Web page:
So first things first. This is not meant to to be a buzzkill or inspire people to start obsessing about foot faults. This is not about casual rounds and is not about nit picking. The reality is we have more and more players playing tournaments and Team Challenge and in that context it starts to be more important.
Truth is if you are playing REC, or AM2 odds are off being called for a foot fault are pretty low. But as you move up the ranks it gets to be a bigger deal.
It is also coming up in putting league. And as I talked to people (Thank you Bryan Lake) and researched it, I frankly had it wrong.
Remember, this is for informational purposes. Like I said, I had it wrong and this way we all know what the rule should be. Its application should be practiced by individuals that plan on playing competitive golf and employed/enforced when appropriate.
The official Rule is covered under 802.04 "Throwing From a Stance"
- A player must choose the stance that will result in the least movement of any part of any obstacle that is a permanent or integral part of the course. Once a legal stance is taken, the player may not move an obstacle in any way in order to make room for a throwing motion. It is legal for a player's throwing motion to cause incidental movement of an obstacle.
- When the disc is released, a player must:
- Have at least one supporting point that is in contact with the lie; and,
- Have no supporting point in contact with the marker disc or any object (including the playing surface) closer to the target than the rear edge of the marker disc; and,
- Have all supporting points in-bounds.
- Supporting point contact with or beyond the marker disc is permitted after the disc is released, except when putting.
- Putting: Any throw from within 10 meters of the target, as measured from the rear of the marker disc to the base of the target, is a putt. Supporting point contact closer to the target than the rear edge of the marker disc after the disc has been released is a stance violation. The player must demonstrate full control of balance before advancing toward the target.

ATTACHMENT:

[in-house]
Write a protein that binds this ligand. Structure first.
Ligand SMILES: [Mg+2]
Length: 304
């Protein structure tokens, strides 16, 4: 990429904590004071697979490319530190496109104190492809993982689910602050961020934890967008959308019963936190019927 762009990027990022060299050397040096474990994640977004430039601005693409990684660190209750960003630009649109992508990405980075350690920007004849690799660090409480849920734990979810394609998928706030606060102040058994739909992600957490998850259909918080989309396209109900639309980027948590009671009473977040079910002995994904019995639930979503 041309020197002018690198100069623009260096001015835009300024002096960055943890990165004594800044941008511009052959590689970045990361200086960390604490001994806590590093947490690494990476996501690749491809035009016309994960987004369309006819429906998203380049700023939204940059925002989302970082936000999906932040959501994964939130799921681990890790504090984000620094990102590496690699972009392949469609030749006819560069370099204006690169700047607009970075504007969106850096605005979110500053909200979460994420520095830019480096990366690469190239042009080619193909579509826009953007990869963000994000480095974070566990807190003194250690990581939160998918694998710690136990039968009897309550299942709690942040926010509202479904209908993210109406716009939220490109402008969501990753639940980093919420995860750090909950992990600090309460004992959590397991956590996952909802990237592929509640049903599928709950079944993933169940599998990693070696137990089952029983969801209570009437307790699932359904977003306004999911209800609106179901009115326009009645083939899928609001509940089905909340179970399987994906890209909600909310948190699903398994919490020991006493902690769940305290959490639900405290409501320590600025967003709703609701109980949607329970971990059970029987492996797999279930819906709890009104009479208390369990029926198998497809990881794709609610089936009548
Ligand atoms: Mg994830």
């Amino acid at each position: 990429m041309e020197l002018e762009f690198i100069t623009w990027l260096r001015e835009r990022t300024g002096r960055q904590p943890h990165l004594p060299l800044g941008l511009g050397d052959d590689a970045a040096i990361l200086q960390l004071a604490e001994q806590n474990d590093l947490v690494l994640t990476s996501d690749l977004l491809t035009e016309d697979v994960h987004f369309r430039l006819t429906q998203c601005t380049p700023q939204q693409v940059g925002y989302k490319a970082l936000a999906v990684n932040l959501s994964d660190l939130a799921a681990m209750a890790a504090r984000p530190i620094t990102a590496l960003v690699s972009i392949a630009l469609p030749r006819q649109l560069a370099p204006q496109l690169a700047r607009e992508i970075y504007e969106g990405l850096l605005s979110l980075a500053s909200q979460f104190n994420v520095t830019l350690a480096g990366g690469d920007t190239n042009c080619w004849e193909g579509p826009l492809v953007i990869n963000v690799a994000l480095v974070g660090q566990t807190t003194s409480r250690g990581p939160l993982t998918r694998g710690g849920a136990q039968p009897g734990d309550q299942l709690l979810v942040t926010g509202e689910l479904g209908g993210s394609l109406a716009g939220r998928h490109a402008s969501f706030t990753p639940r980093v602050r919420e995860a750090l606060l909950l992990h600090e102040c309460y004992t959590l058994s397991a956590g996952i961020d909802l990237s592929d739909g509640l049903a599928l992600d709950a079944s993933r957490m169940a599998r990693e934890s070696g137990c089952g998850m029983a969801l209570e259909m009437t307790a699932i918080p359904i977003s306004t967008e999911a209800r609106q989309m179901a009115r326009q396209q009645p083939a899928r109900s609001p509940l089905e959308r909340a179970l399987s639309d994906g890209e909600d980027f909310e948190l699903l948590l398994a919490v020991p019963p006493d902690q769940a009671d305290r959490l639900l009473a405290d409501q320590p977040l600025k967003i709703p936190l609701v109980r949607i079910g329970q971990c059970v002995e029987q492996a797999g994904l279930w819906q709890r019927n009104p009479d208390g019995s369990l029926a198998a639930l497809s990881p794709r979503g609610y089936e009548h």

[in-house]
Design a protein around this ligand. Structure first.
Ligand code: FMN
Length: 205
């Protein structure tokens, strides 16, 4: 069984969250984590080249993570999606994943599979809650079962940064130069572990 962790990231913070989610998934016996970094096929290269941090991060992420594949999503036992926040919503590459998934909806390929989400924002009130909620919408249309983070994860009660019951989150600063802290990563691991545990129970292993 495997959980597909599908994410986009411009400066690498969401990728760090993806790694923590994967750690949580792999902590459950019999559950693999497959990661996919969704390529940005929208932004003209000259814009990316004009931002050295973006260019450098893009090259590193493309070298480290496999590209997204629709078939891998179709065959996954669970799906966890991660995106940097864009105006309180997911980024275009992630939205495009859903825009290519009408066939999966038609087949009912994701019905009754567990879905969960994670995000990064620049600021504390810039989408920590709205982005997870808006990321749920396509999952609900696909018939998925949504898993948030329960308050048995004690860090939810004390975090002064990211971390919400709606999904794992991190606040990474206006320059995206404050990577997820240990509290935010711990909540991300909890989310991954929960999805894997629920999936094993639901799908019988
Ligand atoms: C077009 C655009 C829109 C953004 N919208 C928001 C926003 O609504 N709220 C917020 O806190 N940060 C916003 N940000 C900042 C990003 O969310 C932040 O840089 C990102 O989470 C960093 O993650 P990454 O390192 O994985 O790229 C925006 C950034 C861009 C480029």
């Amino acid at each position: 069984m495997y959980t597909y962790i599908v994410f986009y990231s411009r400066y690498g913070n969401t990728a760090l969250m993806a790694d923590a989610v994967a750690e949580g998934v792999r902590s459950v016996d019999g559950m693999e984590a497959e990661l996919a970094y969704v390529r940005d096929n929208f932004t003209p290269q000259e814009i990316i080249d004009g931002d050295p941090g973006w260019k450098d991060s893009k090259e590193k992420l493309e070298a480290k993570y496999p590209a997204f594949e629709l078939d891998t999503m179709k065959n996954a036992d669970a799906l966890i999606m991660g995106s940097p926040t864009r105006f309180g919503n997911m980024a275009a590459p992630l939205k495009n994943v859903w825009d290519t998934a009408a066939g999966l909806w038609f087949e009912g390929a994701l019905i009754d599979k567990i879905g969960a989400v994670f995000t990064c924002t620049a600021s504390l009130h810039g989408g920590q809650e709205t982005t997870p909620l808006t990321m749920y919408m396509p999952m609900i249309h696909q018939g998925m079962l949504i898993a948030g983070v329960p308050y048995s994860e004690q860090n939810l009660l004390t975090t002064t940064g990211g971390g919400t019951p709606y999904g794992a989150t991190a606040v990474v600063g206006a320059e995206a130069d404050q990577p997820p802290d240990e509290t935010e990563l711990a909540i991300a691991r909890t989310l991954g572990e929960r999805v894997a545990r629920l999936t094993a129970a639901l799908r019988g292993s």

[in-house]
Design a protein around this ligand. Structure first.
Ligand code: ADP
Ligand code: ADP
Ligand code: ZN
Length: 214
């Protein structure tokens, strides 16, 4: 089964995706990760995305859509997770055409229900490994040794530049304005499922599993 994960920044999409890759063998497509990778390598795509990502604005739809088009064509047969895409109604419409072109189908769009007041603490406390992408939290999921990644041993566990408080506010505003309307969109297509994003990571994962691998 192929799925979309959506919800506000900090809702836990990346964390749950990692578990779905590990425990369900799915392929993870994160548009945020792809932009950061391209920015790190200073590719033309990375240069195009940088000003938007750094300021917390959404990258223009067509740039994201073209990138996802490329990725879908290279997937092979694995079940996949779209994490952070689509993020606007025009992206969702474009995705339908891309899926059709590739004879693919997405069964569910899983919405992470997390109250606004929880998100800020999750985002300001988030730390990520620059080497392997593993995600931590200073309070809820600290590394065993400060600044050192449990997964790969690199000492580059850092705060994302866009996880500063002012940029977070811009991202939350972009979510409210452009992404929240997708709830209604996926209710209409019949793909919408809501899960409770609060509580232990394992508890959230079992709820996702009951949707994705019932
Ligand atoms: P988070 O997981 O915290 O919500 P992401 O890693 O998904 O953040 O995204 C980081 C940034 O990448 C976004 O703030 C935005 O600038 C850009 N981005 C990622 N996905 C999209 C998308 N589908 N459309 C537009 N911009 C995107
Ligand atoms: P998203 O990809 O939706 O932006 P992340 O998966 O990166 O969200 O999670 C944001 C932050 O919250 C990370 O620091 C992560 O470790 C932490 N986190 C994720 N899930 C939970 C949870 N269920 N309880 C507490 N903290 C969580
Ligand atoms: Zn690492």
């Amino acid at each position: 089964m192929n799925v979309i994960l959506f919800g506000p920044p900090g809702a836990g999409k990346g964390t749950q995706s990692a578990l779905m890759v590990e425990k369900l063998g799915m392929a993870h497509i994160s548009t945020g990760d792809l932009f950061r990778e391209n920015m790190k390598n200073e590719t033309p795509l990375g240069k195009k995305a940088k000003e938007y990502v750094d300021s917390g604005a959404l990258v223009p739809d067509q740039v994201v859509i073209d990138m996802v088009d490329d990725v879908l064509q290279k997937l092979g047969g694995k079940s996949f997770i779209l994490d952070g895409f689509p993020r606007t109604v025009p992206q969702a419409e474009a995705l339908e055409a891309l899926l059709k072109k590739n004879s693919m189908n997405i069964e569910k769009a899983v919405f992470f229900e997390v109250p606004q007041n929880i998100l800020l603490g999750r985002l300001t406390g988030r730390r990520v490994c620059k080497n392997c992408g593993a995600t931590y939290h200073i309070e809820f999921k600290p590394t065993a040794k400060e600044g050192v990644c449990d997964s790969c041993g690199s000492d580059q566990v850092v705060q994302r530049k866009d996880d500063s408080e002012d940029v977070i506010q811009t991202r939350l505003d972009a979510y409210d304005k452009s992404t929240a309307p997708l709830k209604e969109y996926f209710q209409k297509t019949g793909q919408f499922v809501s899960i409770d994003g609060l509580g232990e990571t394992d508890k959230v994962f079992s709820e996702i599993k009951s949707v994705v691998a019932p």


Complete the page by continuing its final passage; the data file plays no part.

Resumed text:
- A player shall receive a warning for the first stance violation in the round. Subsequent stance violations in the same round shall incur a one-throw penalty. Stance violations may not be called or seconded by the thrower.
- Any throw made from an illegal stance is disregarded. A re-throw must be taken from the original lie, prior to subsequent play by others in the group.
QA 37 helps explain this.
Q: As I release a putt, I push off from my back foot so that after release I am balanced on my front foot. I typically freeze there for a couple of seconds, then swing my back foot forward and continue toward the hole. Is that a foot fault?
A: It's hard to say. Your group will have to make a judgment call. To demonstrate "full control of balance" the player must perform some action that breaks up the flow of movement after release before proceeding toward the target. Some examples of actions that demonstrate balance might be: (1) a clear pause and display of balance, (2) placement of the back foot on the ground behind the mark, or (3) retrieval of the marker disc. The key to all of those is to show balance and control of your body behind the mark before moving forward. The best course of action is to leave no room for doubt, which is easy to do if you are indeed in control of your body after you've released the putt.
In addition there was confusion on my part as to how close I had to be to my mini. I knew the number was 30cm (11 inches) but I was making a half circle around the back of the mini. That is incorrect.
The definitions for "Lie" and "Line of Play" explain this.
The spot on the playing surface behind the marker, upon which the player takes a stance in accordance with the rules. It is a line 30 centimeters in length extending back along the line of play from the rear edge of the marker disc. The lie for the first throw on a hole is the teeing area. A drop zone is also a lie.
Line of Play
The imaginary line on the playing surface extending from the center of the target through the center of the marker disc and beyond.
Ok, I know you are thinking..."thanks Bob for boring the crap out of me" !
So lets summarize.
1) To avoid a foot fault inside the 10m putting circle, you must demonstrate " full control of balance" before proceeding to the basket. The people on the card make this determination. First time is warning and a re-throw. Second time is a stroke and a re-throw. You have 30cm directly behind the disc to play with. Stepping on your marker is considered a foot fault.
2) To avoid a foot fault outside the circle you really just need to pay attention to being directly (no more than 10cm) behind you marker when you release your throw. You will notice it on big run ups and when you are reaching around that big obstacle in your way.
This video is very bad, but does visually explain what is considered a foot fault.